Sexist posters in Croatia removed after public outcry

Sexist posters claiming that drinking alcohol makes women have sex with strangers have been removed from trams in the Croatian capital of Zagreb. The decision is the result of public criticism.

Lidija Pisker
Lidija Pisker NewsMavens, Balkans
Sexist posters in Croatia removed after public outcry - NewsMavens
Tram, PixaBay

Why this story matters:

According to the posters, alcohol only affects men's bodily functions, while in women it affects behavior -- making them promiscuous, undignified and irrational and forgetting any criteria about who they wish to have sex with. As Croatian gender equality ombudswoman Višnja Ljubičić concluded:

"Such a sex-based portrayal of women is offensive and degrading and not in keeping with the principles of equality of women and men or with national and international documents that define sexism and sexual stereotypes as one of the serious obstacles to achieving full gender equality," according to Ljubičić.

Ljubičić recommended removing the posters due to their sexist messages and degradation of women. They have been taken down, which shows that constructive public criticism can have an effect.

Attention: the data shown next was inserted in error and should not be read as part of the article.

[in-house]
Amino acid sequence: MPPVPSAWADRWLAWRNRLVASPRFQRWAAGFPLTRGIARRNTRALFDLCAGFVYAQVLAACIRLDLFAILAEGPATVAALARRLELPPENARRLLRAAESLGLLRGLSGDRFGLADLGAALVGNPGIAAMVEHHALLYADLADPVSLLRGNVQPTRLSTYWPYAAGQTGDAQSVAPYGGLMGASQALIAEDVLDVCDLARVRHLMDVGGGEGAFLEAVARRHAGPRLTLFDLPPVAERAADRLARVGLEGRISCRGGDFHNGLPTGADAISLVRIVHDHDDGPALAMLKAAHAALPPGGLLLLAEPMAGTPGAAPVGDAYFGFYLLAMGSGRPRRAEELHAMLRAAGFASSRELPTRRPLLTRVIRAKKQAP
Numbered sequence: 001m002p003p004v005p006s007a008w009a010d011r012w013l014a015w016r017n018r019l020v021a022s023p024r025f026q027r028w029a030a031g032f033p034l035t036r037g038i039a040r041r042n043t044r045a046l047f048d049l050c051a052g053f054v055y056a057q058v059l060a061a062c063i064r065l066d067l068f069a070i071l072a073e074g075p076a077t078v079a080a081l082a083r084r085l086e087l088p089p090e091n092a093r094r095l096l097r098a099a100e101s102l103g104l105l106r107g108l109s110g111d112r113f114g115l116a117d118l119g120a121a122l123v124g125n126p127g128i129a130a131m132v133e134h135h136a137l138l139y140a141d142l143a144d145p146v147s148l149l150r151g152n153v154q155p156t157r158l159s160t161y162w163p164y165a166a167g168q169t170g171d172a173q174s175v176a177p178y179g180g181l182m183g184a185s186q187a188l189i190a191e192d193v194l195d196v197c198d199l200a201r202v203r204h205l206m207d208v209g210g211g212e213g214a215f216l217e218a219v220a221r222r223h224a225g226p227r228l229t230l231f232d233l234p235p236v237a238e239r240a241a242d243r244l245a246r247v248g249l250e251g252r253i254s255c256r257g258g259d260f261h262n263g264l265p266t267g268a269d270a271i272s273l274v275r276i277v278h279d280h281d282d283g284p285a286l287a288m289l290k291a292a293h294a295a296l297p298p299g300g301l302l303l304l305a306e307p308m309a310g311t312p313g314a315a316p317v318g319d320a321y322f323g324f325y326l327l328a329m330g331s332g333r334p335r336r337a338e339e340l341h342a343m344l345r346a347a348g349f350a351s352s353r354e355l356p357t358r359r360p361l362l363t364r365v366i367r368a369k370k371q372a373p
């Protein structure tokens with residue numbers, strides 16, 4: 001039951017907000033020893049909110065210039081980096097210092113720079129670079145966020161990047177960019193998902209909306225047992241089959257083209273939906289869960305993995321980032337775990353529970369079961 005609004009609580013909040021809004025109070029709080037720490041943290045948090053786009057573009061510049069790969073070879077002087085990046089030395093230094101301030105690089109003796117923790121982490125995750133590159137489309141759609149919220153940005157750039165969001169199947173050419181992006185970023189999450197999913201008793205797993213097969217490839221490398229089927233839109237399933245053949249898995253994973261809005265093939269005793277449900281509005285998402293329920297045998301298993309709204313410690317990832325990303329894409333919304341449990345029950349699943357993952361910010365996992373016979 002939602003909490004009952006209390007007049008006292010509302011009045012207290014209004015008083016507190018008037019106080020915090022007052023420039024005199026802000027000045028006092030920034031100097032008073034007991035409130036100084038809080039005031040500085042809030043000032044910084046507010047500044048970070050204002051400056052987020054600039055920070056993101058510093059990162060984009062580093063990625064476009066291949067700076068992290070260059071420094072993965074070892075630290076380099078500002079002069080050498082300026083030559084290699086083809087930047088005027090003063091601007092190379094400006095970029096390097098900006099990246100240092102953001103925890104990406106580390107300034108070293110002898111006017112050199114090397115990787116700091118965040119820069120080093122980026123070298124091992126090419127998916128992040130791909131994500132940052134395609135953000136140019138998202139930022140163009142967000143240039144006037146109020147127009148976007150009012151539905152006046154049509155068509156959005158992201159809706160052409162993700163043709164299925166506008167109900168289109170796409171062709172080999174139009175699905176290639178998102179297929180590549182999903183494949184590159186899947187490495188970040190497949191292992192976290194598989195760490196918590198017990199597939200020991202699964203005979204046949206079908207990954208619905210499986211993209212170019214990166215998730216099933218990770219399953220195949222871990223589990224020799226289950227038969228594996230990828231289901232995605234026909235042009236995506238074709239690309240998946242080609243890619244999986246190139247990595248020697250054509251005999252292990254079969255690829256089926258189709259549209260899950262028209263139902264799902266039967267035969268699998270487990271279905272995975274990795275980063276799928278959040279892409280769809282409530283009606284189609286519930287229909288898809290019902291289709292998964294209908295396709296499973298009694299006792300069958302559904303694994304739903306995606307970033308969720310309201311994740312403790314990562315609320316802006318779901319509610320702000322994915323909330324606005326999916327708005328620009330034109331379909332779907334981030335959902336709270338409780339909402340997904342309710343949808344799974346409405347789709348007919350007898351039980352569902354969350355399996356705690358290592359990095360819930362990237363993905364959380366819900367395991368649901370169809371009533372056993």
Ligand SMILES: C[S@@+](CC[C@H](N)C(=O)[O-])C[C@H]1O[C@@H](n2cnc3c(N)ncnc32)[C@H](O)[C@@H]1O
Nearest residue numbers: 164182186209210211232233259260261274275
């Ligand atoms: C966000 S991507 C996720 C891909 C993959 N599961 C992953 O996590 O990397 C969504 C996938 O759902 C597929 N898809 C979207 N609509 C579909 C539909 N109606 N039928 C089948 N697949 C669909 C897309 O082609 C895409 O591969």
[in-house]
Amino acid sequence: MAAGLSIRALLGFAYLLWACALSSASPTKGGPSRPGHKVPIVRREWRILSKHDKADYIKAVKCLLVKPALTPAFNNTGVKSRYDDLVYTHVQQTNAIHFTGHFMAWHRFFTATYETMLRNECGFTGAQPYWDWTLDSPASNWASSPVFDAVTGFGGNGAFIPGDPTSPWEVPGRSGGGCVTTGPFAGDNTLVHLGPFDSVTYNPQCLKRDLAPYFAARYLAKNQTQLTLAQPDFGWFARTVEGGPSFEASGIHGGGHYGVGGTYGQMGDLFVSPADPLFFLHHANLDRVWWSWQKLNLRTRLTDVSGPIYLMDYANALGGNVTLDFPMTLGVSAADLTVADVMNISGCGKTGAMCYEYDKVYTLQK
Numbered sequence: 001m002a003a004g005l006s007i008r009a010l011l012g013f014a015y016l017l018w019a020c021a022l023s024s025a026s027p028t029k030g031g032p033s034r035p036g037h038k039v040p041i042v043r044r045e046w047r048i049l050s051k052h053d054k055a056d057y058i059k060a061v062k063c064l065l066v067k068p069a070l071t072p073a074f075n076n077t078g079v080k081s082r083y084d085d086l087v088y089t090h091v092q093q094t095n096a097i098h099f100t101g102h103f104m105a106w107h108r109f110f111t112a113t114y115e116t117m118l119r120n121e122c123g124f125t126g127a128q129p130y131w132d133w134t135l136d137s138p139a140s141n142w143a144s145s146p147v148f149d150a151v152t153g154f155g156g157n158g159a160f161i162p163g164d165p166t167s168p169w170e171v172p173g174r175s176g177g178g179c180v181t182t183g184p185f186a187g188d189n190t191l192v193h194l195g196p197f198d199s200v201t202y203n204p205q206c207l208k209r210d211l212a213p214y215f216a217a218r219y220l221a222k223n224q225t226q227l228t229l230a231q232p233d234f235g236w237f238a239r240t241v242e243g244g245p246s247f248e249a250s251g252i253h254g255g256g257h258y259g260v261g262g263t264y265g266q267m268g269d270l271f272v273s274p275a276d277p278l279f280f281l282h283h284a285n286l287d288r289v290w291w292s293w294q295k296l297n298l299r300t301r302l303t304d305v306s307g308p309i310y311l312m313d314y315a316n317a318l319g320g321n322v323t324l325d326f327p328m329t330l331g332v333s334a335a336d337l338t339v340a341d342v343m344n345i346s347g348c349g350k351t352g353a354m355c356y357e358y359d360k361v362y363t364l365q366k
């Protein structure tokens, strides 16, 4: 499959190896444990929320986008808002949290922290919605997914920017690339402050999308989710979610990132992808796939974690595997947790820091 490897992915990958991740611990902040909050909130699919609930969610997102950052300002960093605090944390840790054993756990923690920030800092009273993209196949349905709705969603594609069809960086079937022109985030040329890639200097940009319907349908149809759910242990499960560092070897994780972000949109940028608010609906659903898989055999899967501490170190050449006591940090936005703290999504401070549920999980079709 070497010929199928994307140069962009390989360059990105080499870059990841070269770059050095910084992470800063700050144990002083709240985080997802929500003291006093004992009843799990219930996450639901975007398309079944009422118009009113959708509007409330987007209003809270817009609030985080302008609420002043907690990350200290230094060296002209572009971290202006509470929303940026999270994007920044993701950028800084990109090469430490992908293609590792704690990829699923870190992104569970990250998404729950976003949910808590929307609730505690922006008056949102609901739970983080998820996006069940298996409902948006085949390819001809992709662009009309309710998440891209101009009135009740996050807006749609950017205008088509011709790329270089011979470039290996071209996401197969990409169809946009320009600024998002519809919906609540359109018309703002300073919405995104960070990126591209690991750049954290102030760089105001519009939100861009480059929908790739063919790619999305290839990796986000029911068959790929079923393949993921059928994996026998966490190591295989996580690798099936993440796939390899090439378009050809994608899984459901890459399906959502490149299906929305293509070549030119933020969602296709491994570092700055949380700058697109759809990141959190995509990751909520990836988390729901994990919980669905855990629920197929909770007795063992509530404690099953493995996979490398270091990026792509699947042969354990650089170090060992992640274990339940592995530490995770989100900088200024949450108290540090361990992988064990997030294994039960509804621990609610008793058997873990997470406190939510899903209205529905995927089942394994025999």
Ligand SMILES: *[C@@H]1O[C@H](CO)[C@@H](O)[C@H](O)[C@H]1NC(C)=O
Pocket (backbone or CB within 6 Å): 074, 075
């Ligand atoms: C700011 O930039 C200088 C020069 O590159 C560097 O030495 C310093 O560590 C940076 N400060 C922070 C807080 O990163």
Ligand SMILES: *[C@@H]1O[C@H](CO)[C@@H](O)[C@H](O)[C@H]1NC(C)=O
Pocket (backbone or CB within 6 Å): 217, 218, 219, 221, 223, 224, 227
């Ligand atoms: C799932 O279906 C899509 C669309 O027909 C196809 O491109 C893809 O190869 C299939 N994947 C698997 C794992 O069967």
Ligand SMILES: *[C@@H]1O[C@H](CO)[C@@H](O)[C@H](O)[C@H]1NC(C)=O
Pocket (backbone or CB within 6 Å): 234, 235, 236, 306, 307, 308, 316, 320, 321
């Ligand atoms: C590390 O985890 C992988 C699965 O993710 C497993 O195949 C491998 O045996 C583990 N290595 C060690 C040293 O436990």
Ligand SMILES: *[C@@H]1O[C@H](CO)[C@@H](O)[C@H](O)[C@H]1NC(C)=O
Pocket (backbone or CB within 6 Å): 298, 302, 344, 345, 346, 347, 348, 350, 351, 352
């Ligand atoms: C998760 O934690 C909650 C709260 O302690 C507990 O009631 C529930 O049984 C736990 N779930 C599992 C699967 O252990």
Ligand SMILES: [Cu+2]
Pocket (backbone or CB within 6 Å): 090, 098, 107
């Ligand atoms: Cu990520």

Details from the story:

  • The controversial anti-alcohol campaign included posters designed by Croatian high school students, which have been put up in trams in Zagreb. It provoked heated public reactions and social media debates.
  • Posters said that alcohol leads women to "reckless sexual intercourse with strangers, disorders in menstrual cycles and pregnancies. Through the placenta, alcohol also enters the blood of a child which can cause physical disabilities and mental retardation, or the so-called fetal alcohol syndrome." For men, it was said that alcohol "increases sexual desire, but diminishes sexual power and erection, resulting in loss of self-confidence. Long-term action of alcohol damages sexual glands, resulting in sexual immobility and infertility."
  • The posters were made by the CEDAR Association (Centar za edukaciju, savjetovanje i osobni razvoj) and co-financed by the City of Zagreb.
  • After the storm of negative reactions, CEDAR has apologized for the content of the posters and replaced them with new ones.

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